TWELVE leading UK universities, including Oxford and Cambridge, have joined forces to create an investment fund.
The 10-year, multi-million-pound Impact 12 fund will support social ventures created by British institutions and motivated by beneficial social or environmental impact.
Impact 12 has been developed by Edinburgh-based Social Investment Scotland (SIS), in partnership with the University of Oxford, the University of Cambridge, Northampton, Coventry and eight other universities comprising the MICRA Project (Aston, Birmingham, Cranfield, Keele, Leicester, Loughborough, Nottingham and Warwick). Oxford University Innovation leads the consortium.
Impact 12’s aim is to bring positive change to people and places by accelerating the development and success of impact-led social ventures. It will provide finance tailored to their needs, including equity investment and debt. The fund will also provide access to mission-aligned finance and impact support.
SIS Ventures, a wholly-owned subsidiary of SIS, provides the tools and investment required to help early-stage businesses deliver social impact at scale. It will be recruiting a dedicated Impact 12 senior investment manager to address fundraising.
The fund will launch later this year with a target of £8m. The capital raised will be deployed to support up to 15 social ventures with seed and follow-on funding.
Impact 12 hopes to tap into the rise of social enterprise strategies within universities. It will fundraise among alumni networks as well as the wider investor community. Figures from the annual CASE-Ross Support for Education Survey showed that new philanthropic funds secured by UK and Irish higher education institutions reached £1.3bn in 2019-20.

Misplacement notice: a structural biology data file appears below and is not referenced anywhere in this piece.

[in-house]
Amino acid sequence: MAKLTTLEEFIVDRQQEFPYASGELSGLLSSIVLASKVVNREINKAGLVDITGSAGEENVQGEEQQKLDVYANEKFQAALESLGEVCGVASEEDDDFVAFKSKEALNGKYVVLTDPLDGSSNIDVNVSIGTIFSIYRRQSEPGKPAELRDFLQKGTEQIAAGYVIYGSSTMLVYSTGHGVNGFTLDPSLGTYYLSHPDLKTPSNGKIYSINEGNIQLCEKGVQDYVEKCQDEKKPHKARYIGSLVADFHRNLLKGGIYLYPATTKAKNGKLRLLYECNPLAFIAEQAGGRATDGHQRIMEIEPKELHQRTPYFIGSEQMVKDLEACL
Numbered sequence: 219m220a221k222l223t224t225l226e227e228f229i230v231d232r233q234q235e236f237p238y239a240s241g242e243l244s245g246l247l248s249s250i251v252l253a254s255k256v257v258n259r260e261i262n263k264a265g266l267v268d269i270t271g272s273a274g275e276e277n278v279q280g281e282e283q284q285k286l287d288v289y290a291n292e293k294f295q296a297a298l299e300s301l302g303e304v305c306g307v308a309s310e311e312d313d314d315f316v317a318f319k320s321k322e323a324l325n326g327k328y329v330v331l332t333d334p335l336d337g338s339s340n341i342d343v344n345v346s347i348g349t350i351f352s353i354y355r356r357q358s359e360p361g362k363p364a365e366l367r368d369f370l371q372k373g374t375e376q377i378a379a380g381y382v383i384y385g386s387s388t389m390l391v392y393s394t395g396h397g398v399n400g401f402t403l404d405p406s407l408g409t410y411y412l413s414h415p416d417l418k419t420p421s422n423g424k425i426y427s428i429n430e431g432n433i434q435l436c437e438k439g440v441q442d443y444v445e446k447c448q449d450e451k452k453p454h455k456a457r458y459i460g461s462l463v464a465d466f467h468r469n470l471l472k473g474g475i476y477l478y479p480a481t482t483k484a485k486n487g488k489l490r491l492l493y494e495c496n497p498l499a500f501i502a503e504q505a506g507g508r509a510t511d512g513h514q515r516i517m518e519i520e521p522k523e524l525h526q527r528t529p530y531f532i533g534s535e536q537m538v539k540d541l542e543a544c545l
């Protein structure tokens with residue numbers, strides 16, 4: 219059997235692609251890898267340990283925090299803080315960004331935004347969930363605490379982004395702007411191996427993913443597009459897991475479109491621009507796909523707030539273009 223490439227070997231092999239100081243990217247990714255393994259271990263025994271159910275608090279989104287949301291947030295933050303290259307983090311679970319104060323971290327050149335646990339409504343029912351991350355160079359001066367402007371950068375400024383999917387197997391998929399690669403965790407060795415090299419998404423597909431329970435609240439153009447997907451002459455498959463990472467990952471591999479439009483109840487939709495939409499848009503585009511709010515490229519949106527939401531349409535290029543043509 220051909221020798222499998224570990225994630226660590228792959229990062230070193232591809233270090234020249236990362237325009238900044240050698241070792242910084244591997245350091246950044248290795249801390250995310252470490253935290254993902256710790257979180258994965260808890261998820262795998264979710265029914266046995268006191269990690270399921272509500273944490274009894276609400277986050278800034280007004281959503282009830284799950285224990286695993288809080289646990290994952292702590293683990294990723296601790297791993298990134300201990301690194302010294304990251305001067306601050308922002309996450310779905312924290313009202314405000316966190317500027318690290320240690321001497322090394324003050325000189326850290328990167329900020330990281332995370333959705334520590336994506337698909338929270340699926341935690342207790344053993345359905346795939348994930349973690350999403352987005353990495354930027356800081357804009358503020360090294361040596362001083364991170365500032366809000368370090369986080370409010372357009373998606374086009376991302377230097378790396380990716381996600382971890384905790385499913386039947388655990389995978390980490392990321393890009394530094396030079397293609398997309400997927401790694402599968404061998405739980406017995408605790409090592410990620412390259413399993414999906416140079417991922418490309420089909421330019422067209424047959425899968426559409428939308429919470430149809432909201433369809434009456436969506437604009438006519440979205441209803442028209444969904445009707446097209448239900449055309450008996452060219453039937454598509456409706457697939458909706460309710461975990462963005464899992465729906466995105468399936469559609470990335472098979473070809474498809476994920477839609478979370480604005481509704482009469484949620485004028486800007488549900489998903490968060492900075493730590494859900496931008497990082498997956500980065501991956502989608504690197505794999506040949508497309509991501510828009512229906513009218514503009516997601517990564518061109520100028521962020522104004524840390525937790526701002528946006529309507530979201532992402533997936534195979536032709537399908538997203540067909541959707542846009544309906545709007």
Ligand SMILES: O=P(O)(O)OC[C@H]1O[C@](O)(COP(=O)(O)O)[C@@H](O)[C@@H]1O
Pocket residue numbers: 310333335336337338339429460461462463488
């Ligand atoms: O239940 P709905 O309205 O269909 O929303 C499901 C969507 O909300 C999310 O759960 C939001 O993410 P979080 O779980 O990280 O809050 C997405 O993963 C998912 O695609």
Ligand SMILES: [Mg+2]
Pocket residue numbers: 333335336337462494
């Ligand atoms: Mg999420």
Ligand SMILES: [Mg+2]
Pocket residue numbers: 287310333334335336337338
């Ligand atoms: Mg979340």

That’s the third consecutive year that funds secured from philanthropic sources have remained higher than £1bn since the report’s inception in 2000.
With mission-driven companies increasingly out-performing more traditional business models, the project takes aims at the need for early-stage finance.
Professor Louise Richardson, vice-chancellor of the University of Oxford, said that over the past three years, 11 companies targeting six of the UN’s Sustainable Development Goals have emerged from the four Divisions of the University. “Combining applied research with sustainable economics they address some of the critical issues of the day,” she said.
Professor Stephen J Toope, vice-chancellor of the University of Cambridge, said it would be “a powerful partnership for social ventures to expand their networks and scale-up their work”.